After the inaugural Self-Care event in February 2017, I became emboldened from my own Self-Care empowerment and made a public post on social media about the hypocrisy of silence displayed by yoga studios during and after the racialized community trauma of the summer of 2016. I shared my frustration with studios being loud and vocal about the Orlando shooting in June 2016, hosting yoga classes as fundraisers to raise awareness of gun violence and LGBTQ violence as well as posting about this specific atrocity on their websites. Yet they were complicit in their violence through silence, asking for peace and calm and offering meditation classes during the murder of six men of color murdered by police in their own backyard that same year. As I recalled the shared stories of harm by the fifteen yoga teachers of color I met in the summer of 2016, and seeing the actions of yoga studios perpetuating institutionalized racism, I felt a calling to do more than publish this personal outcry. I owned my voice as a leadership challenge to do more.

Amplify and Activate: Yoga as Social Justice

As a form of healthy resistance and out of the need to increase awareness of racial, economic, gender and body biases that exist in yoga studios in Charlotte, in August 2017 I created Amplify and Activate, an interactive, inquiry-based learning community to practice yoga as a form of social justice and self-care. I was inspired to mobilize yoga community members in Charlotte to participate in amplifying their own self-care and activating their practices for positive social justice. Thus began the Amplify and Activate Summit.

Amplify and Activate brings together a rich and diverse population of yoga practitioners and teachers, as well as non-practitioners, activists, artists, athletes, and members of the media. Our participants and supporters come from a broad range of ages, body sizes, race/ethnicities, sexual orientations, and gender identities. We invite people to take a look at themselves and the narratives they have been fed in order to honor the practice that invites contemplation, compassion, non-judgment, and learning.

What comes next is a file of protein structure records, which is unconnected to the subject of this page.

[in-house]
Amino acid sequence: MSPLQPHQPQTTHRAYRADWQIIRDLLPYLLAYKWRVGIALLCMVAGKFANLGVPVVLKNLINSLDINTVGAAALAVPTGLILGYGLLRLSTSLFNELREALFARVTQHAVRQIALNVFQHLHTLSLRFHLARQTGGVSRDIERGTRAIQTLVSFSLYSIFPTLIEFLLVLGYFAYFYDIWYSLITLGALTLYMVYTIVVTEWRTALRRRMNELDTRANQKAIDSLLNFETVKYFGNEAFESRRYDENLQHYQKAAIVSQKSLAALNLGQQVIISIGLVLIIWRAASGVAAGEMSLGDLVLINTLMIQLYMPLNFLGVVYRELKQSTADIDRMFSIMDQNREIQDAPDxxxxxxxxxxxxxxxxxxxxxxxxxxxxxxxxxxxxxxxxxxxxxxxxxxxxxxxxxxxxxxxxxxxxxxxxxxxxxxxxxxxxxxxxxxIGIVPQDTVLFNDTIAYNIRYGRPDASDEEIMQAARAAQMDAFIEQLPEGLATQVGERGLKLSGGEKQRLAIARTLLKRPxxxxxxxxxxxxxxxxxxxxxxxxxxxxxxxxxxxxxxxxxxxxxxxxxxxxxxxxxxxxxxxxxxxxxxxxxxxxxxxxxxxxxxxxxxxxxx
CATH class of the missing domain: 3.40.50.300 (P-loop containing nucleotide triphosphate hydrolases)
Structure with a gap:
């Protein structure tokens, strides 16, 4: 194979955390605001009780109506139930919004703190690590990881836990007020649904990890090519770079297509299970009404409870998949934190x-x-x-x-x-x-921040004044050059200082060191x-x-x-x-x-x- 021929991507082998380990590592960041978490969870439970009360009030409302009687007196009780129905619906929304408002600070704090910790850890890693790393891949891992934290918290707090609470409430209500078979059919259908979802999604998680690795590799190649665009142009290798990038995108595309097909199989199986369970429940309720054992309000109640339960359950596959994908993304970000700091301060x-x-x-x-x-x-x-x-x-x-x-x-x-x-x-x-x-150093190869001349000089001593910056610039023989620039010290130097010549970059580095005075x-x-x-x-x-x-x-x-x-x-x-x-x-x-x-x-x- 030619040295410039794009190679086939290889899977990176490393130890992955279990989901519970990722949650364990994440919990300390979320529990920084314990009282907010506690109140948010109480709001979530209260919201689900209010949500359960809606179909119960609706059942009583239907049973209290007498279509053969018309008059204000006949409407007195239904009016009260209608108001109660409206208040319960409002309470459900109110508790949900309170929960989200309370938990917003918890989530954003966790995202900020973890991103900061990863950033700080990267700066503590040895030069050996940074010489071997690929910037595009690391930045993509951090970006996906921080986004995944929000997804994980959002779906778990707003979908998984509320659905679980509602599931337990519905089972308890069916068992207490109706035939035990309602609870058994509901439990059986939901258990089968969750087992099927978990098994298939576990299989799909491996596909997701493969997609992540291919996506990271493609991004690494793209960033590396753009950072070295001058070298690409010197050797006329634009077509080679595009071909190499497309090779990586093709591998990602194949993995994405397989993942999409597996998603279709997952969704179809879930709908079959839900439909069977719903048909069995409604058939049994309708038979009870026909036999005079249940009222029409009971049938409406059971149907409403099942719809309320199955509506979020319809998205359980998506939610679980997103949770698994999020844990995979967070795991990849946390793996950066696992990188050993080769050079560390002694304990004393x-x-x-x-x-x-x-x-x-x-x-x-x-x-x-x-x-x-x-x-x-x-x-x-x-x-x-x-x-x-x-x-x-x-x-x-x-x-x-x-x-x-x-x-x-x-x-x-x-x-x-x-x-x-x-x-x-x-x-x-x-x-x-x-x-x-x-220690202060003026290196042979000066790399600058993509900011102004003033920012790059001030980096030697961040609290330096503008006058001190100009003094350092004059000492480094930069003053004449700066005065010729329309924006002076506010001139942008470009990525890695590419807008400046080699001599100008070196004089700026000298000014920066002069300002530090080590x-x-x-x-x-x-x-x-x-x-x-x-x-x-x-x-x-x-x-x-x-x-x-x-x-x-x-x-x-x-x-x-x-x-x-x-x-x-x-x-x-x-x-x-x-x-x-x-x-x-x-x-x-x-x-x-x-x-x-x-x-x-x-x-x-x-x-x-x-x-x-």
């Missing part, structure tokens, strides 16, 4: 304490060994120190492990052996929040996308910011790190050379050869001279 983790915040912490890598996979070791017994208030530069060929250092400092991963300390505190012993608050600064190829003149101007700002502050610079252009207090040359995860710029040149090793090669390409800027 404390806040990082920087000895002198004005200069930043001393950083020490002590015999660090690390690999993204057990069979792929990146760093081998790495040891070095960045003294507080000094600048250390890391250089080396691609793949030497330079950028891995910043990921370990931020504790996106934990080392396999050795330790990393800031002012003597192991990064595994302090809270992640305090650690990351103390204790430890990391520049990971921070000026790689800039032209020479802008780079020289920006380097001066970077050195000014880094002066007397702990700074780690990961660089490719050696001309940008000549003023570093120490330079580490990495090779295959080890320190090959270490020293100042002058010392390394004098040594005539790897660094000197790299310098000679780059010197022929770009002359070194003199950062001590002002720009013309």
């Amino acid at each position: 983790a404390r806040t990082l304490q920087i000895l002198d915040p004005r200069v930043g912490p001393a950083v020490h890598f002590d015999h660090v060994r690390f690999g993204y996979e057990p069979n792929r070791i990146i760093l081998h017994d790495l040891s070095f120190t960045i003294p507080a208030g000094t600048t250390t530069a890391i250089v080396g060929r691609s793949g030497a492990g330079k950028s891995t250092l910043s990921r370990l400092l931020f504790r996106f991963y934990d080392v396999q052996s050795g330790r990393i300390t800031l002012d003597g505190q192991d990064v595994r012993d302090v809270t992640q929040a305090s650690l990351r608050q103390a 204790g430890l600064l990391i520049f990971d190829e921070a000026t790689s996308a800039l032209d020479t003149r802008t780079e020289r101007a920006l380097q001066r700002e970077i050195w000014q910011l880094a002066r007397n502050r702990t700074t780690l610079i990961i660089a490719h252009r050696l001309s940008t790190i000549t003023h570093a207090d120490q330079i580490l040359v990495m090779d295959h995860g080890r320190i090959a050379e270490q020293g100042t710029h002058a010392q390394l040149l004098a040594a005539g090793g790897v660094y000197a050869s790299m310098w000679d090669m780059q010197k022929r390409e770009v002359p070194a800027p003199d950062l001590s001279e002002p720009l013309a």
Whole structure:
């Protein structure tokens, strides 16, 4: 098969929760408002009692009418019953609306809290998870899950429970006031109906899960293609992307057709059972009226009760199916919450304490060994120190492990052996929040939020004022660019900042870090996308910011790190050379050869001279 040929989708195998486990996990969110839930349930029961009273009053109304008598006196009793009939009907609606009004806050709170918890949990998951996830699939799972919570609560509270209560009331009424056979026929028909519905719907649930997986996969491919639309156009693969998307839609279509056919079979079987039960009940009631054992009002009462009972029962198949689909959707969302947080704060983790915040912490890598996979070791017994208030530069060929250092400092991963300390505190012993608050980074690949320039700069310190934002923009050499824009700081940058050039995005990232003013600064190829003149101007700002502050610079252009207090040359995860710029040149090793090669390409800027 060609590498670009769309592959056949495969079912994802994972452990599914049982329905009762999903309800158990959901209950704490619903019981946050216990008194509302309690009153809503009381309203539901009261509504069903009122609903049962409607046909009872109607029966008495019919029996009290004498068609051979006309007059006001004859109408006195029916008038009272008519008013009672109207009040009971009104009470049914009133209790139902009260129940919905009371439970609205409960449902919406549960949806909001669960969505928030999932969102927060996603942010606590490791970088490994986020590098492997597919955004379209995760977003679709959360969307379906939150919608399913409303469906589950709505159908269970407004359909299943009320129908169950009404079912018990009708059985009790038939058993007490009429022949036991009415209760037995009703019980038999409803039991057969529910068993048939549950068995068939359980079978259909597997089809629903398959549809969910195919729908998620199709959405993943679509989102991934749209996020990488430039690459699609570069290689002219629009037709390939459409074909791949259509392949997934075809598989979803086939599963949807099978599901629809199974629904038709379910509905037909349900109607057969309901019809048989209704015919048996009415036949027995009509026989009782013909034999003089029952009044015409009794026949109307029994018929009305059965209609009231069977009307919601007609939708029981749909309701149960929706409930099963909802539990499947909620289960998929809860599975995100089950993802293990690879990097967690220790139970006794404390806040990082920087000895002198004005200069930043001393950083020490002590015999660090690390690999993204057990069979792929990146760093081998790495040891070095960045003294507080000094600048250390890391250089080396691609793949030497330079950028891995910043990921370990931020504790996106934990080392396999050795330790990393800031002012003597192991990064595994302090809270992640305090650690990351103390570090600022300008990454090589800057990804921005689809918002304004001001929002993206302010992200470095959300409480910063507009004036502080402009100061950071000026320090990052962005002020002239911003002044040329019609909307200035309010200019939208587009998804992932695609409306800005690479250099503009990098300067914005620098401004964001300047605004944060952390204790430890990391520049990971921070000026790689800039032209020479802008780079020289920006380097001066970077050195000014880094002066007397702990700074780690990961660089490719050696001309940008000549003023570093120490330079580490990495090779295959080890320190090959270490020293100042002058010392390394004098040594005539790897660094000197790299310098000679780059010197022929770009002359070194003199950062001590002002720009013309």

We host summits throughout the year that combine asana practice and facilitated dialogue, and provide space for black and brown voices to be heard. We partner with a collective of teachers and organizers within and outside of Charlotte to provide online or in-person learning and workshops.

Uplifting Underrepresented Voices

We acknowledge that the content of the dialogue can lead us to a place where harm and healing operate in the space at the same time, and people may be triggered by visceral reactions as in when describing a racial incident in a yoga studio. At the same time, another person may be relieved to know they weren’t the only one who has experienced the same or similar experience. We are mindful that some topics might weigh heavy on the psyche, so we encourage people to honor their feelings—whether it is an emotional release; or the need to leave the space, get a drink of water, move their bodies; or speak their truth and breath. We hold space in a way that participants can share their stories, even “taboo” topics, which they may have repressed. We build trust and connections through raw and honest dialogue. We allow space for self-inquiry by putting ourselves in the seat of perpetual learners. We create the space for vulnerability to look like courage, and we honor the most sacred truths about the fallibility of humans in learning and resilience.

We invite white people to challenge and deconstruct the paradigm and practice of white supremacy, and people of color are invited to deconstruct internalized oppression and to construct a practice of self-care. Participants may reference relevant yogic teachings to learn how to connect and cope with oppression that exists in our everyday world. We share our experiences and learn from our mistakes (the impact we seek does not always meet the intentions we set). We seek opportunities to learn the relevance of the yoga sutras, yamas, niyamas, and how our bodies can be vessels in our physical practices to keep the mind and emotions steady, and to create genuine human connection within ourselves and our communities.

By Jasmine Hines
Jasmine C. Hines is a mother, cultural organizer, 200-hr RYT, transformational leader, principal of The Inspower Agency, Self-Care Matters Consultant, and creator of Amplify and Activate. The Inspower Agency is rooted in the belief that change begins within. Its mission is to co-create actionable paradigm shifts, at the intersection of desires and needs, moving organizations from inspiration to empowerment. The firm specializes in organizational strategy, program design, team building, leadership development and coaching. Grounded in social equity and social change, the firm’s work is known for being creative, innovative, and effective. Jasmine earned her B.A. in Psychology and Education from U.C.L.A. and her Master of Science in Organization Development from the McColl School of Business at Queens University of Charlotte.